Blockchain could be our best defense against the growing cybercrime

21 Oct, 2018
by Fifi Arisandi
Blockchain could be our best defense against the growing cybercrime

Blockchain may not eliminate cybercrimes completely, but it is definitely capable of minimizing the impact of several forms of attacks, according to a cybercrime expert at Ernst & Young (EY). 

With the growing number of cyber attacks these days, which in last year alone the amount was already surpassed the illegal drug market with over $600 billion, cybercrime is indeed one of the harsh realities everyone should be trying to find the solutions for.

According to a Senior Manager in cybersecurity at Ernst & Young (EY), Aidan Lynch, the nascent technology that becomes the base of cryptocurrency has a great potential to become the best defense against cybercrime.

Blockchain offers several capabilities that if correctly implemented could act as multiple layers of defense, which in the context of cybersecurity, they will make it more difficult to breach.

Lynch provides several examples of blockchain implementation in cybersecurity, as follow:

- When identity and authentication are put into blockchain, the decentralized nature of the technology will create passwords that can’t be stolen and used to steal even the most confidential data/information.

- Data put into blockchain is distributed across a network of computers. With its cryptographic protection, ransomware attacks will find it difficult to pull through with their malicious plans.

- The real-time tracking nature of all transactions happen in blockchain platform will also minimize, if not eliminate completely the chance of getting under-the-radar attacks, which might be one of the most wicked attacks any organizations can experience.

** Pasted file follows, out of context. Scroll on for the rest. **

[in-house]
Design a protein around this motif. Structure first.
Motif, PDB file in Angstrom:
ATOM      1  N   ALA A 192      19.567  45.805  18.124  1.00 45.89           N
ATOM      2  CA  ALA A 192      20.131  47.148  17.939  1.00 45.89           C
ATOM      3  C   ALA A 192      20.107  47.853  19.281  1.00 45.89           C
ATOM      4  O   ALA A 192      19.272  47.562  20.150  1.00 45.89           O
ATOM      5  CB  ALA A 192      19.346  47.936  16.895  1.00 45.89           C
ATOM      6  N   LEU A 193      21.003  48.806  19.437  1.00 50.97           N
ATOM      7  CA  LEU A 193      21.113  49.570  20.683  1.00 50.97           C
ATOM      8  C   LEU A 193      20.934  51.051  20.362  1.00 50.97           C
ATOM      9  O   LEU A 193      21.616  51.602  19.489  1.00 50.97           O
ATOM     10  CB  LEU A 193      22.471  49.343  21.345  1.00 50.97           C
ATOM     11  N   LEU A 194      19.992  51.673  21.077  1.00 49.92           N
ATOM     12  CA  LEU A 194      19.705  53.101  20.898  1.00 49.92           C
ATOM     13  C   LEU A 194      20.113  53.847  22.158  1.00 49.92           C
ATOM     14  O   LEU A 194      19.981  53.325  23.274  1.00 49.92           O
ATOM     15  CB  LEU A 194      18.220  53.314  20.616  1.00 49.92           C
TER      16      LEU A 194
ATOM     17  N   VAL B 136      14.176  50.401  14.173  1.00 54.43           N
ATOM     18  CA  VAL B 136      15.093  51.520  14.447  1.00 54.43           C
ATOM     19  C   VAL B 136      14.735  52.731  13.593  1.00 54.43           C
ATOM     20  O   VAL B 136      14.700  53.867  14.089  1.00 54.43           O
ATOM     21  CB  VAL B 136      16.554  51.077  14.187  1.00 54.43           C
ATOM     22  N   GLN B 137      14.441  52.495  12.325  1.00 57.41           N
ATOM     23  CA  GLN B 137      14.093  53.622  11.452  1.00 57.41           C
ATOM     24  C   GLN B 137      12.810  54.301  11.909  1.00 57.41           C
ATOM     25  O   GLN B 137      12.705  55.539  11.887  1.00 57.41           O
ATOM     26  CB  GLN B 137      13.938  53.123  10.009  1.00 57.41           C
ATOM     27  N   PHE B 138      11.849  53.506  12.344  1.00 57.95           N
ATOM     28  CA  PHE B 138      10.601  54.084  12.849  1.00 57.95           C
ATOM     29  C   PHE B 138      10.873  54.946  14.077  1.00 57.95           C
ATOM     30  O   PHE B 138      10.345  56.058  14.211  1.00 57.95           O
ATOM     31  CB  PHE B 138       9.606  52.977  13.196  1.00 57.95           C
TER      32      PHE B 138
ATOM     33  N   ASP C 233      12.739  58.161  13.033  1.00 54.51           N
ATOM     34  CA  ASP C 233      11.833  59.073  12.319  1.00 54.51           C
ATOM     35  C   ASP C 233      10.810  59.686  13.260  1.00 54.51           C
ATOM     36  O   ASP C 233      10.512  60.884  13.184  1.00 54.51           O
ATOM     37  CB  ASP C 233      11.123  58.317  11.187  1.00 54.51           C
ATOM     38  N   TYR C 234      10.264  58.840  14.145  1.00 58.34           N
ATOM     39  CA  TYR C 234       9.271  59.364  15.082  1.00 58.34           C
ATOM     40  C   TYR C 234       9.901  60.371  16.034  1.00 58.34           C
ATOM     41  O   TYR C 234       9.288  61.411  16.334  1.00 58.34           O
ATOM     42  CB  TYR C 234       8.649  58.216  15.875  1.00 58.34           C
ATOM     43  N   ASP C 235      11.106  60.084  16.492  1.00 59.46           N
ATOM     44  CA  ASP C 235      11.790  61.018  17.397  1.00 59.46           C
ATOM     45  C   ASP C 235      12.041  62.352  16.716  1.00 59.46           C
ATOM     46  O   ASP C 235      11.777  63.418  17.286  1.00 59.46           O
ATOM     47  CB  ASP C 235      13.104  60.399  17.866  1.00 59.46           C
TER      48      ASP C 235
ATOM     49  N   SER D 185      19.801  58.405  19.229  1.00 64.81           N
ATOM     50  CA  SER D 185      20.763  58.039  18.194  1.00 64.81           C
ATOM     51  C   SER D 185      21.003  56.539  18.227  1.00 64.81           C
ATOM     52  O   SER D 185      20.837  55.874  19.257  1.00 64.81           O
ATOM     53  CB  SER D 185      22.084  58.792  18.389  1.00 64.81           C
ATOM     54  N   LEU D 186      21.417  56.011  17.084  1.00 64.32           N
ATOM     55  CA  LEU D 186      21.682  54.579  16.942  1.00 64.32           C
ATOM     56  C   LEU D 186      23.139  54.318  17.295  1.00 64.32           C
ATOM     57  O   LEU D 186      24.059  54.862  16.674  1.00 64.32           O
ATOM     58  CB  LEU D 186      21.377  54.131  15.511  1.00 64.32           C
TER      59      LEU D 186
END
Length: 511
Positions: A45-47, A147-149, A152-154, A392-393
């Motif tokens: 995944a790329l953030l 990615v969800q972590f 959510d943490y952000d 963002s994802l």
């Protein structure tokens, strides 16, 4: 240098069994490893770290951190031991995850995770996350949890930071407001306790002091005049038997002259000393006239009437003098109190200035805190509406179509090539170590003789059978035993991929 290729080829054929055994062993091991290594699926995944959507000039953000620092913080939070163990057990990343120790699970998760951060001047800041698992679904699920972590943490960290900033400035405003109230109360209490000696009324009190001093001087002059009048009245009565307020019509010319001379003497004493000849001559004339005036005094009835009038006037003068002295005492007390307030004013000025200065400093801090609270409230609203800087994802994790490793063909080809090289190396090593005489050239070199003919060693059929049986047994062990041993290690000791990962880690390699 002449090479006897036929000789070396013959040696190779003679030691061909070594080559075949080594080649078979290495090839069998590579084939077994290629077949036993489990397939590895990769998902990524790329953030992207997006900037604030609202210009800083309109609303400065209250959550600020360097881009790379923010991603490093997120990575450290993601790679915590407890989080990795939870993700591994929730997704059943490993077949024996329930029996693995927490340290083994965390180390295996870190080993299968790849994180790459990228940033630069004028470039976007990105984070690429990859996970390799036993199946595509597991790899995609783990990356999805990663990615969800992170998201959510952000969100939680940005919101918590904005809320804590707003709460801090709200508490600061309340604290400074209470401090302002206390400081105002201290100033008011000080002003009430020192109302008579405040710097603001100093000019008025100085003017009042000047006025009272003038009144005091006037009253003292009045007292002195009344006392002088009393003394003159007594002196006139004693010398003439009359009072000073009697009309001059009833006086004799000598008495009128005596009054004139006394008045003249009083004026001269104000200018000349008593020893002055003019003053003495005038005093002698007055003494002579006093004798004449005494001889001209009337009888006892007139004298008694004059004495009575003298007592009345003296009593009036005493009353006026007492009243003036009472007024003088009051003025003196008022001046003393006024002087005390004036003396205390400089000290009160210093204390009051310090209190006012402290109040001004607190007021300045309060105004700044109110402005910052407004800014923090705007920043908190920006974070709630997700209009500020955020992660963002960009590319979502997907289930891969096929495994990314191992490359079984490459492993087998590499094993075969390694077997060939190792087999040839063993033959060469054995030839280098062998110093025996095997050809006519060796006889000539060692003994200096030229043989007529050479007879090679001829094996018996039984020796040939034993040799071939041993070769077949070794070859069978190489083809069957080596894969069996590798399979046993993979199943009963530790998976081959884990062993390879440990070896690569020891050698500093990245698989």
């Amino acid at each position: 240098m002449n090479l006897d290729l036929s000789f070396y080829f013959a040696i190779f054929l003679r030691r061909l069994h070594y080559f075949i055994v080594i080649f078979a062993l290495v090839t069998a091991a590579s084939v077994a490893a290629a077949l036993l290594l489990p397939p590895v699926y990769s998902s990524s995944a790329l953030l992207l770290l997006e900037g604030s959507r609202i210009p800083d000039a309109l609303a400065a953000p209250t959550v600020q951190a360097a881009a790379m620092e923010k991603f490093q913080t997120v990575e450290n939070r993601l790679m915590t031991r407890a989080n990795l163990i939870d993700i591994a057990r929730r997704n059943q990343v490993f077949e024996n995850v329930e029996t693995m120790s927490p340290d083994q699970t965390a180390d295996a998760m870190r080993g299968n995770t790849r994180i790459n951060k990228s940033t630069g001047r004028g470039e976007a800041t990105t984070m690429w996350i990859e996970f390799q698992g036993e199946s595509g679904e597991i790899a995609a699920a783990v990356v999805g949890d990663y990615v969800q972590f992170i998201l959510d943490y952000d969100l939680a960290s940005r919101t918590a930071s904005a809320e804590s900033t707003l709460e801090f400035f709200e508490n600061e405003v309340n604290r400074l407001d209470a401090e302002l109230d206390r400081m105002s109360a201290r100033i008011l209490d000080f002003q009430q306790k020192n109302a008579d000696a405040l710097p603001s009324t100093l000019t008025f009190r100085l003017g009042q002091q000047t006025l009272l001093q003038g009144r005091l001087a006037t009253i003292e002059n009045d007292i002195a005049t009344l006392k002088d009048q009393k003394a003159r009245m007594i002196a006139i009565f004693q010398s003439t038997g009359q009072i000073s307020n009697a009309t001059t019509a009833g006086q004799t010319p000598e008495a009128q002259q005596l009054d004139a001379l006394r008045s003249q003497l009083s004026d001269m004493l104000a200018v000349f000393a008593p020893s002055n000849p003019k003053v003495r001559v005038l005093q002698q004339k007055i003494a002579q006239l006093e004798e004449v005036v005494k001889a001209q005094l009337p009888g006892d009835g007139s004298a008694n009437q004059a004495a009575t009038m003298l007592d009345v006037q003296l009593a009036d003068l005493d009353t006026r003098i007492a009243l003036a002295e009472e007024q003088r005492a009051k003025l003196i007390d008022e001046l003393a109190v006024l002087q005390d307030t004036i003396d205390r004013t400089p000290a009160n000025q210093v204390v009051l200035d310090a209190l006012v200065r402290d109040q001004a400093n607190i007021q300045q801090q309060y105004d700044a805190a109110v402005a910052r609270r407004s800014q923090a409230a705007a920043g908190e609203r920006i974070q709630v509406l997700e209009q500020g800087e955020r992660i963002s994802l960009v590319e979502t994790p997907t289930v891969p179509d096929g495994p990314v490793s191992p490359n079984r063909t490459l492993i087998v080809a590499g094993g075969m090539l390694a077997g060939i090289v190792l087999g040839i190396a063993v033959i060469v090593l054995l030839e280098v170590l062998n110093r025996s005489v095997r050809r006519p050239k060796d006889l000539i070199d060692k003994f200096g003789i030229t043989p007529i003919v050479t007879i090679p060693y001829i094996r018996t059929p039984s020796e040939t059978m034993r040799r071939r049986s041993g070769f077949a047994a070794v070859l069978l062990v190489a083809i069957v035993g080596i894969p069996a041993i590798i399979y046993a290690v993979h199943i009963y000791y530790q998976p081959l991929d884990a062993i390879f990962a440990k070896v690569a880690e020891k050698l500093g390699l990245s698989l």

- The distributed and independently operated blockchain nodes is also capable of reducing the impact of a DDoS (distributed denial of service) attack, where perpetrators usually succeed in crashing the entire system by overwhelming servers with junk data.

Lynch believes that although blockchain will not eliminate cybercrimes completely, it definitely has the potential to “reduce the effectiveness of a range of cyber-attacks”.

The official LinkedIn post also revealed the member of the Big Four accounting firms' action plans to explore the use blockchain as means to fight against cybercrimes.

Read more: 

Lazarus, the most prolific hacking group in North Korea, have stolen $571 million

Port of San Diego gets hit by Ransomware which demands Bitcoin

Almost a million computers are still vulnerable to WannaMine malware

Cybercrimes amount to more than $1M per minute, taking advantage of cryptocurrency

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